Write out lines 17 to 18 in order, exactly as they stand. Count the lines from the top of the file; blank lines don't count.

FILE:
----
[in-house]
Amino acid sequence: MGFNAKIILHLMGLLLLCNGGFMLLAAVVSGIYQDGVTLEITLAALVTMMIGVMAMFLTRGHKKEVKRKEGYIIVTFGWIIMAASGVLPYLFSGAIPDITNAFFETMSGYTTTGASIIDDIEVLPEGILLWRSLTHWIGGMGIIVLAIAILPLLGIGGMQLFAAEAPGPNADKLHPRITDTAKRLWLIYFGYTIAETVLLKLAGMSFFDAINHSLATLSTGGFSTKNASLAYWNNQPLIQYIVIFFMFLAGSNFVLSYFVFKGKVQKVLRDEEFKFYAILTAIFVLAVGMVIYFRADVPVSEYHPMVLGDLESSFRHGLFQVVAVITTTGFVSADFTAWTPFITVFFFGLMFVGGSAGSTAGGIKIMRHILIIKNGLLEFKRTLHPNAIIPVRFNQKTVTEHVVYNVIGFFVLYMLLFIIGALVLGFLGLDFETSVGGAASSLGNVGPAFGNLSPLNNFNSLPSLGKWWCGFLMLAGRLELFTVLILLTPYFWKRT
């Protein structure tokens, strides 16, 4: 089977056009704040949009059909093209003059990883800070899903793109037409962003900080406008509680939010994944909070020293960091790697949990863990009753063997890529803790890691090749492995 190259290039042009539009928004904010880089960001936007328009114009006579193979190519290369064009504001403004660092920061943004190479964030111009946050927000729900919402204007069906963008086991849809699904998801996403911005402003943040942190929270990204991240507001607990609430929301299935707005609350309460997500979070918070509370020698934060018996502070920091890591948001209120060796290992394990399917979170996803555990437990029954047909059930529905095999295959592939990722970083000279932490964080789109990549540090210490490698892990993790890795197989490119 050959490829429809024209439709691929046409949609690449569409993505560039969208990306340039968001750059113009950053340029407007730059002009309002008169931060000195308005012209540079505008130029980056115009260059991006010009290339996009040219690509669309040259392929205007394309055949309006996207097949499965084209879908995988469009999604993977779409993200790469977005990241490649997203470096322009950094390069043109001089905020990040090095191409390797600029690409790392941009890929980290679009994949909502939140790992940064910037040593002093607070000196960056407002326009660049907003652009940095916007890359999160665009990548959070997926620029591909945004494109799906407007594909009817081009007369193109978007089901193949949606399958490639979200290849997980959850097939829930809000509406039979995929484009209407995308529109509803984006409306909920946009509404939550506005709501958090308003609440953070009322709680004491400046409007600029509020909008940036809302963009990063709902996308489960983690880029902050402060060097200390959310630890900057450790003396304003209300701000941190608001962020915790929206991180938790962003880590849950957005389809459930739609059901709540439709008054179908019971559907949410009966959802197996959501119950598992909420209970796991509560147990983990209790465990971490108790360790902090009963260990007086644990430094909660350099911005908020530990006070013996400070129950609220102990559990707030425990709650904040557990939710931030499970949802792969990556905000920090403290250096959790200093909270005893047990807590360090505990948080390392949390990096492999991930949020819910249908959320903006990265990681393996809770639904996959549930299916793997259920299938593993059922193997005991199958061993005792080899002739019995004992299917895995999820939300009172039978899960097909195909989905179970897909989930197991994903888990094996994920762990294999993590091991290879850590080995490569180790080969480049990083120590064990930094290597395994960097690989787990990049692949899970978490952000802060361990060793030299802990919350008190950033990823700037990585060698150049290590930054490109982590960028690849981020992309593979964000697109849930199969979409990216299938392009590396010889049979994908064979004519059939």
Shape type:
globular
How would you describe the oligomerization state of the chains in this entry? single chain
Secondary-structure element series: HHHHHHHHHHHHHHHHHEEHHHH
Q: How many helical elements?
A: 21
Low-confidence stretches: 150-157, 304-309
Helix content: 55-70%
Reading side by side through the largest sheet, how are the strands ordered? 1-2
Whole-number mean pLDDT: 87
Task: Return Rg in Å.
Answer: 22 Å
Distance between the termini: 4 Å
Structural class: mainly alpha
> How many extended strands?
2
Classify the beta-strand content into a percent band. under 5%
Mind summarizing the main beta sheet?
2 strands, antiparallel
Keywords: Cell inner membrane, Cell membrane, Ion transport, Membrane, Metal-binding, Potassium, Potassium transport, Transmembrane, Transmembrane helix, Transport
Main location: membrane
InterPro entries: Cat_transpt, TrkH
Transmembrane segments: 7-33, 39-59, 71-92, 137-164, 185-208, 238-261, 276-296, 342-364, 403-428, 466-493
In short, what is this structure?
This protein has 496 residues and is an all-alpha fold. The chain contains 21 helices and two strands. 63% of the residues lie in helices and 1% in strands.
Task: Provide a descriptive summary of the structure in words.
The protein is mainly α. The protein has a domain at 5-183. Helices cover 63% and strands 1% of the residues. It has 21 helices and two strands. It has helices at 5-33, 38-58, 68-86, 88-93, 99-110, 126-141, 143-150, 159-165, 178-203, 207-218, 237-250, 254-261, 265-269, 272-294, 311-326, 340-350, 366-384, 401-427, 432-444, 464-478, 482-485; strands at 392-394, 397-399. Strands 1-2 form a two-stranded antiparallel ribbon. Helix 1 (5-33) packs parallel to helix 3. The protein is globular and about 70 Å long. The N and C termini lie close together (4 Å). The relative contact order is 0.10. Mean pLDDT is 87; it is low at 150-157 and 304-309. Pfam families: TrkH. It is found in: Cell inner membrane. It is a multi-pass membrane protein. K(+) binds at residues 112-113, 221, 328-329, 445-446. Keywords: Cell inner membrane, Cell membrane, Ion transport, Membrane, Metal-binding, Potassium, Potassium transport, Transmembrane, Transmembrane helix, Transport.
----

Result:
Structural class: mainly alpha
> How many extended strands?